Building a lightweight and portable knowledge base for fun and profit

So, you want to create your own, private knowledge base? Maybe you've already tried (and adapted) a proprietary solution such as Evernote, Google Docs, Google Keep or Confluence? Maybe you've simply decided storing plain/rich text files in your Dropbox, OwnCloud or Spideroak Cloud storage was enough? Or maybe you've tried instead to leverage a full-featured CMS such as Drupal or Wordpress?

In the past few years, I've tried all of the above solutions, and more. Yes, really. The takeaway with proprietary solutions is they're subject to change (radical design decisions, pricing model...) and disappoint you along the way. Especially when you want to back up/export your data. Good luck with that.

Storing plain/rich text in the Cloud isn't bad per se, but you need to build a system to index your files and/or have full-text search. If you go with OwnCloud or a CMS, you also have to maintain a database, a LAMP environment, etc. In a nutshell, run a website/server, while the only thing you want to do is to quickly store and get access to your knowledge base data.

Markdown all the things!

So I slowly drifted to using no-database, Markdown-first solutions like TiddlyWiki (uses WikiText by default but has a Markdown plugin), MkDocsRenato and GitBook. If you run those locally, you'll still need to ensure your data is going to be backed up in case something happens to your computer. Having your files under version control then seems like the obvious, safest option, and it's a requirement for GitBook anyway.

Speaking about requirements, If we step back for a second and think about the requirements we want to have with our knowledge base, what are they, after all?

  • Portable: Markdown is portable and compatible with a ton of systems out there
  • Lightweight: you shouldn't have to run a server or administer a database for storing this type of data
  • Fast: parsing Markdown files is lightning fast
  • Searchable: Markdown files are fully searchable
  • Editable: while Markdown code is rather human friendly, we want to see a real preview at any point in time
  • Secure: Markdown files should be under version control and the repository should be private
  • Reversible: if you want to switch to full HTML from Markdown someday, we should be able to write or use an existing HTML-to-Markdown parser

With this in mind, let's meet those requirements:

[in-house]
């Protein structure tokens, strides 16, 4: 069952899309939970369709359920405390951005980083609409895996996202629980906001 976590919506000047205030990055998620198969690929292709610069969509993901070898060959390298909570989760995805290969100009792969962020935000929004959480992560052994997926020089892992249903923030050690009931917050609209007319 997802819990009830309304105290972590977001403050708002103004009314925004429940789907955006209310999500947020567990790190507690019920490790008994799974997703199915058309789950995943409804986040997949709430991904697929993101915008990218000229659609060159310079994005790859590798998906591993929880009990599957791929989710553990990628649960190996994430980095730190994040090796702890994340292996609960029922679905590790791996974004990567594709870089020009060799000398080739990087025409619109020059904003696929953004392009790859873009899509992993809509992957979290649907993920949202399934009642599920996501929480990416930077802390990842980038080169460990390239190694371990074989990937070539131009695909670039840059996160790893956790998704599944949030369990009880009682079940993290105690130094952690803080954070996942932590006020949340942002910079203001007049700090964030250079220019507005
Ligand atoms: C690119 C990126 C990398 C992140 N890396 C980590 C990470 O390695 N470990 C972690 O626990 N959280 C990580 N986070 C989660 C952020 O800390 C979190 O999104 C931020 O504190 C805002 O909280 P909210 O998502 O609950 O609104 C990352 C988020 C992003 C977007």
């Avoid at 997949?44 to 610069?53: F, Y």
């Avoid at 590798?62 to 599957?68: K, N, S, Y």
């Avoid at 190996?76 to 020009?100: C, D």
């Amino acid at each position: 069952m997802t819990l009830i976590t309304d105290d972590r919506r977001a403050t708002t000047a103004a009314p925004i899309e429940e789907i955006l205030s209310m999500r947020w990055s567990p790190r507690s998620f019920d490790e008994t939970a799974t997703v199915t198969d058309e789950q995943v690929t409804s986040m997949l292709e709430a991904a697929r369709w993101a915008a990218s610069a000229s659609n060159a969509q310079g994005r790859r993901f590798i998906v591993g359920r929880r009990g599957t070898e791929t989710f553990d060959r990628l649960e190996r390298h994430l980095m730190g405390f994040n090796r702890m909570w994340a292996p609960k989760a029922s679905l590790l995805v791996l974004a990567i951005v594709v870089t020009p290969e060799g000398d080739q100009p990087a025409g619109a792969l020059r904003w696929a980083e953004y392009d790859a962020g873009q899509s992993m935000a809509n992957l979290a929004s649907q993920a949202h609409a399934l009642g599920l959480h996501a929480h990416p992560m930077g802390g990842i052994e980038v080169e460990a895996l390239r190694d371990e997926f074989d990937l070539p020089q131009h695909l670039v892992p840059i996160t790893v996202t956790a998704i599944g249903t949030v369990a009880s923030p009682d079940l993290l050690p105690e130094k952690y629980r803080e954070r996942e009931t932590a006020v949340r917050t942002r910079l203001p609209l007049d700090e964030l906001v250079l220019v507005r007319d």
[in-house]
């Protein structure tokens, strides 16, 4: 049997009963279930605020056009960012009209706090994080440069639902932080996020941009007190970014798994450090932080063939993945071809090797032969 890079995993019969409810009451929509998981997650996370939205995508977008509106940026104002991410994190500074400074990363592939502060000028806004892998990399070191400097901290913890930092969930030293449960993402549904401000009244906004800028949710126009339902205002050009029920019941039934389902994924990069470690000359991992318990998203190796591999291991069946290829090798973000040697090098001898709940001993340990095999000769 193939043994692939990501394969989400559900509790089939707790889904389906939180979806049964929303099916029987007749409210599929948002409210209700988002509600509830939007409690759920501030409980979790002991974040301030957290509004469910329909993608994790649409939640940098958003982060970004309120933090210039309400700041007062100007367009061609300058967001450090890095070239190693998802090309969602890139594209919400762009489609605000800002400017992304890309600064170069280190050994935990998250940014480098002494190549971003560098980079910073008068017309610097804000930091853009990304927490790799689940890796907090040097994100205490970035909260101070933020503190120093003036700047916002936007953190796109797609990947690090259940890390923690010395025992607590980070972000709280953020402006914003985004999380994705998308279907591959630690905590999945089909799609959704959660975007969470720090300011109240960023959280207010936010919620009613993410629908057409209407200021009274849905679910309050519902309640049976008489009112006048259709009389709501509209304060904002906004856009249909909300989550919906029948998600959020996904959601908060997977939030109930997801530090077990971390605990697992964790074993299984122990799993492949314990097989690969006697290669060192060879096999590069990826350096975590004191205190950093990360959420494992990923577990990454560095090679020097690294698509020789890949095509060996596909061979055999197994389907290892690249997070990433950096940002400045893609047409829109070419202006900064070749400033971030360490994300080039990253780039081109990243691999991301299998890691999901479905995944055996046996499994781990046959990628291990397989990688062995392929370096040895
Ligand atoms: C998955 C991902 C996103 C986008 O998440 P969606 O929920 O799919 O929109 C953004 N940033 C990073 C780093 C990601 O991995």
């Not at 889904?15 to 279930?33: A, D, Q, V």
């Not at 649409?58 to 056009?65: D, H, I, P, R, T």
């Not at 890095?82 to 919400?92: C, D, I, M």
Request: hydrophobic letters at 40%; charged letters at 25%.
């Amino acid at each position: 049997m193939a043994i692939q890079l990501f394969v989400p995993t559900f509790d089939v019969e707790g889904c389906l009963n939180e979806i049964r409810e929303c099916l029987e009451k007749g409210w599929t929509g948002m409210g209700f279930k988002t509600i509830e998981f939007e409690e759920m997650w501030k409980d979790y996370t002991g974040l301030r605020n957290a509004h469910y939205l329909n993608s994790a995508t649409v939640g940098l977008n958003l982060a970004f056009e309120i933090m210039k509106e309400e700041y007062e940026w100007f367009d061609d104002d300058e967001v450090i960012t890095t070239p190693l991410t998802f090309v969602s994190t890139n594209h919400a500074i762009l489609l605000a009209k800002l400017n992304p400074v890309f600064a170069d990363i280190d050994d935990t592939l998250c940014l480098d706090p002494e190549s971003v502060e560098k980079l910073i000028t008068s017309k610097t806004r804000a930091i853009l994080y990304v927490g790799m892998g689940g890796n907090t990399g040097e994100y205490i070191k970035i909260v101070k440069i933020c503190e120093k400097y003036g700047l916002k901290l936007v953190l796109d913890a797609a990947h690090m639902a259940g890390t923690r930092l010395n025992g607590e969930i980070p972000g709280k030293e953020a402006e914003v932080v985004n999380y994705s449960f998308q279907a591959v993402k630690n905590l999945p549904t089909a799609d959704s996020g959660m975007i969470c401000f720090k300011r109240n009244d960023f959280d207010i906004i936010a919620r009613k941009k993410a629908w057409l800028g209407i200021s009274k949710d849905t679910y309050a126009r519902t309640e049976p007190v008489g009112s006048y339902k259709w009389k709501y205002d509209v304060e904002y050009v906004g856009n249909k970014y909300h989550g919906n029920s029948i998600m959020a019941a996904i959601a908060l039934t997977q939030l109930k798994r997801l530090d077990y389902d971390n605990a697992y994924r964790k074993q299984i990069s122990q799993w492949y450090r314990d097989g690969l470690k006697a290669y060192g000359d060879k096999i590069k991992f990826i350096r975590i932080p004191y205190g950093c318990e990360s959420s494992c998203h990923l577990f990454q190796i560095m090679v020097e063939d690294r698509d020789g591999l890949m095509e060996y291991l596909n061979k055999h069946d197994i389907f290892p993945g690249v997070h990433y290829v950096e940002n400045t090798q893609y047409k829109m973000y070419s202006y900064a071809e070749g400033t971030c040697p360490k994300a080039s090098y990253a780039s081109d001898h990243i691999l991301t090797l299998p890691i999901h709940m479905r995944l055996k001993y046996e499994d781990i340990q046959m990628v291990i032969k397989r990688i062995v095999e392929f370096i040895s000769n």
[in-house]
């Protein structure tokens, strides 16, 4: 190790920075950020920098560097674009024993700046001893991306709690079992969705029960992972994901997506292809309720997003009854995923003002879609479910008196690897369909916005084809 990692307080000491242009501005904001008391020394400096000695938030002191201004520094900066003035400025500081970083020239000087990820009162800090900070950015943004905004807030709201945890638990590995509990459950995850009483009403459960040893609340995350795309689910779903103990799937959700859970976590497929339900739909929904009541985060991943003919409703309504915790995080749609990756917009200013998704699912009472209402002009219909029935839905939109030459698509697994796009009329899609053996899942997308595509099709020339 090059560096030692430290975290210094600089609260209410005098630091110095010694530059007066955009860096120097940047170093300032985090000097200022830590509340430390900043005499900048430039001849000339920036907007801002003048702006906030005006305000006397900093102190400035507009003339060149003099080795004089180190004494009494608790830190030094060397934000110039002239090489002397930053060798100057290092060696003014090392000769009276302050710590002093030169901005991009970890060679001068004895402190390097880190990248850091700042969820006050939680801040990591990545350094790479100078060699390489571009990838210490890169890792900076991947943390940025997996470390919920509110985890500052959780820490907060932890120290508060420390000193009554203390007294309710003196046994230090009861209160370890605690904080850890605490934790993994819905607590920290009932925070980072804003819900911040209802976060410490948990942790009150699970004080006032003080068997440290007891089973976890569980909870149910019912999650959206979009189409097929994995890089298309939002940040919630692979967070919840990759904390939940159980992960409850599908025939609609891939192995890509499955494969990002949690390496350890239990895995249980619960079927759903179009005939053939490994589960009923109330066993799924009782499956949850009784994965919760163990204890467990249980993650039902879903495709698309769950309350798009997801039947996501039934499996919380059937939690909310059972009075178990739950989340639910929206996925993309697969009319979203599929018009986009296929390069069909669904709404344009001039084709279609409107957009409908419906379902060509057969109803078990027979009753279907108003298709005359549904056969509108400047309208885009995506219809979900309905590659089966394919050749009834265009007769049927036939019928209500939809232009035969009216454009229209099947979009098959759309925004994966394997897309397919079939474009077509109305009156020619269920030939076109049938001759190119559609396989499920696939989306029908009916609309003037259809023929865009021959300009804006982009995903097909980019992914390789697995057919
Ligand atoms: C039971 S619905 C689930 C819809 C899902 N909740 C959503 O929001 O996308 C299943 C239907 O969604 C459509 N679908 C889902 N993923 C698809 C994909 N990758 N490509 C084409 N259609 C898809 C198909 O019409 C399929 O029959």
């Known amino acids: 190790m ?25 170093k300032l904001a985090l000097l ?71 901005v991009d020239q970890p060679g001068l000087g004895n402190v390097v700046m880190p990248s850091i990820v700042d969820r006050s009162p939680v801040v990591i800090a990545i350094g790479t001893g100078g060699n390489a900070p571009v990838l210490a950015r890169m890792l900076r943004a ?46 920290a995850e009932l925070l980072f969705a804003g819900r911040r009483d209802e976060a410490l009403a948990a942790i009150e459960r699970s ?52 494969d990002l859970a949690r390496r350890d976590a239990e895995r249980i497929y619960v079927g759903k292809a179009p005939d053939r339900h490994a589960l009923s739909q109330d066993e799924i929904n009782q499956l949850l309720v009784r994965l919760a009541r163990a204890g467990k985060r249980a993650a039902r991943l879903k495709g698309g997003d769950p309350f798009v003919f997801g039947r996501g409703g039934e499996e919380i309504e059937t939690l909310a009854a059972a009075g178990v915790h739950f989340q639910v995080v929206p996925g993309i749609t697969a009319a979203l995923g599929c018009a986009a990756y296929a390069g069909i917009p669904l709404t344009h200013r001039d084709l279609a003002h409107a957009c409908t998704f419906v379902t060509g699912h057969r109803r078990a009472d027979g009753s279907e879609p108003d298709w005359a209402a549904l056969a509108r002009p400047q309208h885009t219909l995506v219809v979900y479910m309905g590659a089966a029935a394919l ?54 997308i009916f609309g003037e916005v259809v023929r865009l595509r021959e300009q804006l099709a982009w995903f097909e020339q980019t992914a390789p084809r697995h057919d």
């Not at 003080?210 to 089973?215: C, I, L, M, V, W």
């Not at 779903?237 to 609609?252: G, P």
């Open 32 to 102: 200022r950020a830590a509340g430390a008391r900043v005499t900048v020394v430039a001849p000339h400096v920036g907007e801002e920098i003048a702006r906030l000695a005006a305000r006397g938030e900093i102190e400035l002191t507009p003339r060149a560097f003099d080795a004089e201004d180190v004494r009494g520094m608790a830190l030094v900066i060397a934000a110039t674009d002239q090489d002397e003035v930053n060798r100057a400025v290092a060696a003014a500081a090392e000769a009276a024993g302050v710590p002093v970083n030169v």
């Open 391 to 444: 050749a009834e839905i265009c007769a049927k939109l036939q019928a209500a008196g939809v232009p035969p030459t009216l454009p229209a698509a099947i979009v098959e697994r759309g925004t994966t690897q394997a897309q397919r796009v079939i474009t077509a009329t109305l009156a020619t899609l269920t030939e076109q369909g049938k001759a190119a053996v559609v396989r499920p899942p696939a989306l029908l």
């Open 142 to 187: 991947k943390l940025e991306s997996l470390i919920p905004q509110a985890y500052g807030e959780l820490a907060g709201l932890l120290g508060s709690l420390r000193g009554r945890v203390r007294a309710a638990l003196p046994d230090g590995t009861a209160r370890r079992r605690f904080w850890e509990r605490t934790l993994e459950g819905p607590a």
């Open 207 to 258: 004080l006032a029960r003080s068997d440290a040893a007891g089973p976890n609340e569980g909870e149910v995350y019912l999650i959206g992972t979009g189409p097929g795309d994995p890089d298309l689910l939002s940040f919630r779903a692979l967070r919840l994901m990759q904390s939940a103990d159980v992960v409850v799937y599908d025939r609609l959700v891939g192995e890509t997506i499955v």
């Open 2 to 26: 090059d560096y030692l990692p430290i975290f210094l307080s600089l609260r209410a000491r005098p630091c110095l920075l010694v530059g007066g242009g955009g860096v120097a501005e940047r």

• Portable: find a solution able to parse Markdown code
  • Lightweight: find a solution we don't have to administer ourselves
  • Fast: N/A
  • Searchable: find a full-text search solution we don't have to administer ourselves
  • Editable: find a good markdown editor/viewer
  • Secure: find a Git host able to provide us with private repositories
  • Reversible: N/A
Find your Markdown editor/viewer

I've tried numerous solutions, but IMO none is as simple as Atom. It ships with Markdown support out-of-the-box, which is not surprising knowing it's developed by the fine folks at Github.

Atom Markdown Preview package

Atom can both be your lightweight code editor and Markdown editor/viewer. How cool is that? Simply create a new file with a .md extension (not required but rather a convention), add some Markdown code, and then press ctrl+shift+m on Linux (command+shift+m on the Mac) to have real-time preview.

Atom Markdown Preview

There's a contrib package you might want to install. Since your KB requirement is to be fully trackable under version control, better embrace Git completely and know what files have been changed and when, but also what branch is being checked out, all of this from the Atom UI. In other words, a quick glance through your Git repository can't hurt and is even quite convenient, to know when it's time to commit your code. Enter, Tree View Git Status.

Atom Tree View Git Status package

Find your Git host

While choosing a Markdown editor/viewer can really be up to you, finding a good Git host that will meet your requirements is way more restricted. You need to find a host you can trust (Is it popular? Is it here to stay? Are individual developers using it?), offering free private repos (we don't really want to pay for our knowledge base, do we?), offering full-text search for source code files and Markdown preview/editing of files. Shortlist was quite easy to come up with:

I decided to go with GitLab for now and I'm not disappointed. Git hosting is quite minimalistic but works just fine. You have convenient full-text search in your Markdown files, which is key for quickly finding what you need.

GitLab full-text search

Since this is a git tree, well, it means you can also fallback to discovery mode with navigating through your knowledge base directories and files at any point in time.

Viewing Markdown files is very convenient and the minimalistic rendering is just what we need. No custom theming, no complicated layout, no ads in the way.

GitLab Markdown viewer

Last but not least, editing Markdown can be needed for several reasons: you don't have access to your Git repo and/or don't have your laptop with you...or you'd simply like to simplify your Git workflow and edit and commit file changes through the GitLab interface instead.

GitLab Markdown editor

Now imagine having GitLab bookmarks to quickly access the root of your knowledge base and even one with a placeholder for instantly searching through your files (TextExpander / AutoHotkey / autokey / Krunner users, does that ring a bell?) Easy:

There you have it. A lightweight, portable, secure, fast, searchable and editable Git and Markdown-powered knowledge base for fun and profit. I'd be glad to read what you think or what are your alternatives!

Aurelien Navarre

Senior Technical Solutions Analyst @Acquia - Drupalist by day, DevOps by night.

Lyon, France